Gensler has often argued that all cryptocurrencies except Bitcoin are securities. However, according to Bloomberg analyst James Seyffart, “the SEC has pretty much implicitly accepted Ethereum as a commodity.”
Rika Khurdayan, U.S. chief legal officer at European crypto exchange Bitstamp, told Cointelegraph that she believes the SEC will approve the spot Ether ETF, but the approval process might be lengthier than Bitcoin:
“The approval process, however, may be lengthy as the SEC navigates Ethereum’s unique characteristics compared to Bitcoin, including the underlying technology, its capabilities, and the complex history and circumstances of its creation. I imagine the SEC might also want to observe the Bitcoin ETF market before approving another cryptocurrency ETF.”
Spot Ether ETF is plausible, but questions remain
Ether has maintained its second spot in crypto market capitalization rankings for years, and there are already Ether futures trading in U.S. markets.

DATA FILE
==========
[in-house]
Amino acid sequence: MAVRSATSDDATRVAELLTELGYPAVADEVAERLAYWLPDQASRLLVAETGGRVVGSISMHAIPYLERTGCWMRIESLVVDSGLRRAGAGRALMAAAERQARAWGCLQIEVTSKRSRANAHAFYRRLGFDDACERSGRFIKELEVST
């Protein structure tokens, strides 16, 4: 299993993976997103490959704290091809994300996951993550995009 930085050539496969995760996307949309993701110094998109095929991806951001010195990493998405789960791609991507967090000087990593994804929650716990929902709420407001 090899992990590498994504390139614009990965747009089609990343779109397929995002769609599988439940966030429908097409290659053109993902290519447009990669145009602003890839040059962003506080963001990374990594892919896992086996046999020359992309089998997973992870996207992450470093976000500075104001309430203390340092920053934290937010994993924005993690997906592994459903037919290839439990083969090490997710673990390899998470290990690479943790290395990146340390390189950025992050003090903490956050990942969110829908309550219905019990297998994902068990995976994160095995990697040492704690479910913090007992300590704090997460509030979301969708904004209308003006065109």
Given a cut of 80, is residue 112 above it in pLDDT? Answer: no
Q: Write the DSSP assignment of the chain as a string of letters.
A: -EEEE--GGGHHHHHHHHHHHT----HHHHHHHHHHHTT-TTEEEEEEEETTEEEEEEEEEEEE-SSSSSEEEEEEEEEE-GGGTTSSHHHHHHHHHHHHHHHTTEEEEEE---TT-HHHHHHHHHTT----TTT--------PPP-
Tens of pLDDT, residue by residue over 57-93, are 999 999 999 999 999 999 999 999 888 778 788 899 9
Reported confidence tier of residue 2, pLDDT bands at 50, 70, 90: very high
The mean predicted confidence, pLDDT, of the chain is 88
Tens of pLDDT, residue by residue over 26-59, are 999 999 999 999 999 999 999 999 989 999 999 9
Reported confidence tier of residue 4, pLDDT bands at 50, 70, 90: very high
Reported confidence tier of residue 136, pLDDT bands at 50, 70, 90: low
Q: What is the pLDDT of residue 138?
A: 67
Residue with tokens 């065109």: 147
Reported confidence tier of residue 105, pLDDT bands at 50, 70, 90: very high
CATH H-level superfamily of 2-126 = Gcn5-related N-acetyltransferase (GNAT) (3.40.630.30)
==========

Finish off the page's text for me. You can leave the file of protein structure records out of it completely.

However, the Ethereum blockchain and its functionalities are quite different from Bitcoin, which, according to experts, could be a tricky path for regulators to navigate.
Ether, unlike BTC, doesn’t have a fixed market supply, and the native token also supports staking that allows holders to lock up their Ether for a certain amount of time and receive rewards based on their stake.
Cathy Yoon, general counsel at Web3 development firm the Wormhole Foundation, told Cointelegraph that the SEC will eventually approve an ETH ETF but that the issue of staking is still far from settled:
“A question looms as to whether traditional players are willing to adopt staking practices, especially through the use of staking-as-a-service providers, many of which have come under increased scrutiny from the SEC or for those who self-custody: Will they stake themselves?”